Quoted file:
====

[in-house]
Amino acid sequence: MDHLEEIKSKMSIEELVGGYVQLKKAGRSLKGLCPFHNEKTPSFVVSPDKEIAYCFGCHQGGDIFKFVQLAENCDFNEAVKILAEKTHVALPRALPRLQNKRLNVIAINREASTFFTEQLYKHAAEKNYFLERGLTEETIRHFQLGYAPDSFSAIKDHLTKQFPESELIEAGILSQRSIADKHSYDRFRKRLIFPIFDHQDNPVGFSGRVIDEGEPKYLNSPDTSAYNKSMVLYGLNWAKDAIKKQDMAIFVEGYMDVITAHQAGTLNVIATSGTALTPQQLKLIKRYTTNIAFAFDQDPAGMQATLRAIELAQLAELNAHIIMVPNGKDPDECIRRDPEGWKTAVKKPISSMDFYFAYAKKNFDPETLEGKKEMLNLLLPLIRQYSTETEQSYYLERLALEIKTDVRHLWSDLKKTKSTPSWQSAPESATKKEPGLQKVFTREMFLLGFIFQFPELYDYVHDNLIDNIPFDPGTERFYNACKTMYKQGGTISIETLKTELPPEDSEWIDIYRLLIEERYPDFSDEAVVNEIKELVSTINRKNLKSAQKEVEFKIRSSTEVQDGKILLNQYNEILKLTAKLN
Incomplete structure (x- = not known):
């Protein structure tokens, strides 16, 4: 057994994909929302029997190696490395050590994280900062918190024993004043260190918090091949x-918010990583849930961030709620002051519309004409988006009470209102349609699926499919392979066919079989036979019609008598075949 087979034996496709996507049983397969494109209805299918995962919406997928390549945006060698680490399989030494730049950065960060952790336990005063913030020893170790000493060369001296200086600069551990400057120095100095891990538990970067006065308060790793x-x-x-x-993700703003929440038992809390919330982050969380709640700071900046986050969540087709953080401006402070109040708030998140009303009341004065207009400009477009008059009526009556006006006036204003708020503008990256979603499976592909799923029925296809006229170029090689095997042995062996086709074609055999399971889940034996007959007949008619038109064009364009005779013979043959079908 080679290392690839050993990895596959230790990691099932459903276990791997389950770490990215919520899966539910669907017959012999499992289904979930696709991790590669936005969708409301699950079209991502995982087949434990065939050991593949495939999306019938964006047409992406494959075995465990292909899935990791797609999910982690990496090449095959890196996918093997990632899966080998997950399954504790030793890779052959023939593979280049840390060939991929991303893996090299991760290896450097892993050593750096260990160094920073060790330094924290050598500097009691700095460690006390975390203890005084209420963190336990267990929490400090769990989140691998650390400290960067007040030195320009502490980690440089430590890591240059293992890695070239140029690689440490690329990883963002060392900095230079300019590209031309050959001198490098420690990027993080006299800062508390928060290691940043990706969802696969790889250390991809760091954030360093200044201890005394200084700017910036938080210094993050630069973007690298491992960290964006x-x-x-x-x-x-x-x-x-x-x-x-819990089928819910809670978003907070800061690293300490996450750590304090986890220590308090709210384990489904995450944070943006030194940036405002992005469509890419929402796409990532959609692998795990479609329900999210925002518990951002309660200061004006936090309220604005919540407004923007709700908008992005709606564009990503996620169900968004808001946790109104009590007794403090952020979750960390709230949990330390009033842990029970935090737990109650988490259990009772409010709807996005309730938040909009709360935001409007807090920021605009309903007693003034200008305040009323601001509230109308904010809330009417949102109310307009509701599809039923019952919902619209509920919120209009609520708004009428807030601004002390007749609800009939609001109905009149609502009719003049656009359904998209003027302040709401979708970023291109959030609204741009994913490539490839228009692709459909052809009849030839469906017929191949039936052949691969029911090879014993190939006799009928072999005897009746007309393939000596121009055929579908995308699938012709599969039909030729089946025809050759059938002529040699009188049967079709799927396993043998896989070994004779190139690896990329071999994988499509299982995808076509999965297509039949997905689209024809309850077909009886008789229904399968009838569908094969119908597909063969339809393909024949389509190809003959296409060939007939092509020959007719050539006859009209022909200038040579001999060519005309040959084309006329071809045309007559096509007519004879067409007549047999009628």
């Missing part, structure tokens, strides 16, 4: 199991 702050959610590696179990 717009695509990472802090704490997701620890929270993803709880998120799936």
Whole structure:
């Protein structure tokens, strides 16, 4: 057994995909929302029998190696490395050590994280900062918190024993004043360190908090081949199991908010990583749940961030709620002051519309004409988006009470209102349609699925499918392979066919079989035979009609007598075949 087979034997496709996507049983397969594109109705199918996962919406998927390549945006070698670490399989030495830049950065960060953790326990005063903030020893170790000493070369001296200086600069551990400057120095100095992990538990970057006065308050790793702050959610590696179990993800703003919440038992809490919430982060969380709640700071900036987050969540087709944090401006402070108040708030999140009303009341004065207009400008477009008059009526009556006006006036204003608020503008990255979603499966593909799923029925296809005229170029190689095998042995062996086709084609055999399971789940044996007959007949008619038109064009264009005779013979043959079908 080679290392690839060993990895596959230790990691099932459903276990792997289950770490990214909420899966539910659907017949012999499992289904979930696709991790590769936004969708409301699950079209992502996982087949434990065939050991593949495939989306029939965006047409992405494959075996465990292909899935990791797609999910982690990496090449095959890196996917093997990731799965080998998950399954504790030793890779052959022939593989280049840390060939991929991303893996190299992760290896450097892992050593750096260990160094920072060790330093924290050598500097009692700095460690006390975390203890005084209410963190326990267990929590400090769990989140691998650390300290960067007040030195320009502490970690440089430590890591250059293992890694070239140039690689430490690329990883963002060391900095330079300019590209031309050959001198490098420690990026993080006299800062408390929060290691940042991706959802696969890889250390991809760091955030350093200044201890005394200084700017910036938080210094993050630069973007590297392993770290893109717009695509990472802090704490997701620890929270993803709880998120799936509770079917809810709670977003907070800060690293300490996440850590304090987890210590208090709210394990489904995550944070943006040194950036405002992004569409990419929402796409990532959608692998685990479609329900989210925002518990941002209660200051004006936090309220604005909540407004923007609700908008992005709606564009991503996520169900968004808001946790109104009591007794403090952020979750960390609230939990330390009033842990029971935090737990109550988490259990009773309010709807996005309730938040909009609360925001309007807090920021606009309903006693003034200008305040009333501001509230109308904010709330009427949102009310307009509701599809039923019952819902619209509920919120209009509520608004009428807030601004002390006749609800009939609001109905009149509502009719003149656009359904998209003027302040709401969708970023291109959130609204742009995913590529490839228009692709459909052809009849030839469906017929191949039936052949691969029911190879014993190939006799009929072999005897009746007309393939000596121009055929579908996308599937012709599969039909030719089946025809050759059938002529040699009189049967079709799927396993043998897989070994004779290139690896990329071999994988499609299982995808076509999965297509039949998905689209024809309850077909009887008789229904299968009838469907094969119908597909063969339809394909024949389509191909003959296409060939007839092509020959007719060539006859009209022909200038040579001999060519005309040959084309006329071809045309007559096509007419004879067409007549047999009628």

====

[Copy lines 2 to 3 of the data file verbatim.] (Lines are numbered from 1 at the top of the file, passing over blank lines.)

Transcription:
Amino acid sequence: MDHLEEIKSKMSIEELVGGYVQLKKAGRSLKGLCPFHNEKTPSFVVSPDKEIAYCFGCHQGGDIFKFVQLAENCDFNEAVKILAEKTHVALPRALPRLQNKRLNVIAINREASTFFTEQLYKHAAEKNYFLERGLTEETIRHFQLGYAPDSFSAIKDHLTKQFPESELIEAGILSQRSIADKHSYDRFRKRLIFPIFDHQDNPVGFSGRVIDEGEPKYLNSPDTSAYNKSMVLYGLNWAKDAIKKQDMAIFVEGYMDVITAHQAGTLNVIATSGTALTPQQLKLIKRYTTNIAFAFDQDPAGMQATLRAIELAQLAELNAHIIMVPNGKDPDECIRRDPEGWKTAVKKPISSMDFYFAYAKKNFDPETLEGKKEMLNLLLPLIRQYSTETEQSYYLERLALEIKTDVRHLWSDLKKTKSTPSWQSAPESATKKEPGLQKVFTREMFLLGFIFQFPELYDYVHDNLIDNIPFDPGTERFYNACKTMYKQGGTISIETLKTELPPEDSEWIDIYRLLIEERYPDFSDEAVVNEIKELVSTINRKNLKSAQKEVEFKIRSSTEVQDGKILLNQYNEILKLTAKLN
Incomplete structure (x- = not known):